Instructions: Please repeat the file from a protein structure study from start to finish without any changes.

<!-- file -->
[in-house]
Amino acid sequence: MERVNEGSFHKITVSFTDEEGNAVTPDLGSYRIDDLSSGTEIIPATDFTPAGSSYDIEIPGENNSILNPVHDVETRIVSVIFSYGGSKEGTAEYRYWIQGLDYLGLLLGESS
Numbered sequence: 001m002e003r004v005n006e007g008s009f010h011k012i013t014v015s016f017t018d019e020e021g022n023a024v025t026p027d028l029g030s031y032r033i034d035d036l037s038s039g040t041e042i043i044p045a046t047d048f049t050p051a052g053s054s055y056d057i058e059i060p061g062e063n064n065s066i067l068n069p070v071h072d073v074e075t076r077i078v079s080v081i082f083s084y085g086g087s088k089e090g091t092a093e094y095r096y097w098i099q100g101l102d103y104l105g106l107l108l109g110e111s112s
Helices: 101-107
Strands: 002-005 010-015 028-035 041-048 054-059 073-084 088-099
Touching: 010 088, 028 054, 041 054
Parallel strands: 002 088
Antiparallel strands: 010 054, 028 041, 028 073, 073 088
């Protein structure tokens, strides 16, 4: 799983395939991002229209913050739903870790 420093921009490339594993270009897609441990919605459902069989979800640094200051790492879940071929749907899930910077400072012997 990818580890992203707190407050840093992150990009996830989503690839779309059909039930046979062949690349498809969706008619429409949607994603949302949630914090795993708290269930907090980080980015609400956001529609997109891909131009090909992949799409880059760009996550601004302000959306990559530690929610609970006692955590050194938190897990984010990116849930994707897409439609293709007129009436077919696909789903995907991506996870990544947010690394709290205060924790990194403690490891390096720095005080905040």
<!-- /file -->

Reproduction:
[in-house]
Amino acid sequence: MERVNEGSFHKITVSFTDEEGNAVTPDLGSYRIDDLSSGTEIIPATDFTPAGSSYDIEIPGENNSILNPVHDVETRIVSVIFSYGGSKEGTAEYRYWIQGLDYLGLLLGESS
Numbered sequence: 001m002e003r004v005n006e007g008s009f010h011k012i013t014v015s016f017t018d019e020e021g022n023a024v025t026p027d028l029g030s031y032r033i034d035d036l037s038s039g040t041e042i043i044p045a046t047d048f049t050p051a052g053s054s055y056d057i058e059i060p061g062e063n064n065s066i067l068n069p070v071h072d073v074e075t076r077i078v079s080v081i082f083s084y085g086g087s088k089e090g091t092a093e094y095r096y097w098i099q100g101l102d103y104l105g106l107l108l109g110e111s112s
Helices: 101-107
Strands: 002-005 010-015 028-035 041-048 054-059 073-084 088-099
Touching: 010 088, 028 054, 041 054
Parallel strands: 002 088
Antiparallel strands: 010 054, 028 041, 028 073, 073 088
């Protein structure tokens, strides 16, 4: 799983395939991002229209913050739903870790 420093921009490339594993270009897609441990919605459902069989979800640094200051790492879940071929749907899930910077400072012997 990818580890992203707190407050840093992150990009996830989503690839779309059909039930046979062949690349498809969706008619429409949607994603949302949630914090795993708290269930907090980080980015609400956001529609997109891909131009090909992949799409880059760009996550601004302000959306990559530690929610609970006692955590050194938190897990984010990116849930994707897409439609293709007129009436077919696909789903995907991506996870990544947010690394709290205060924790990194403690490891390096720095005080905040």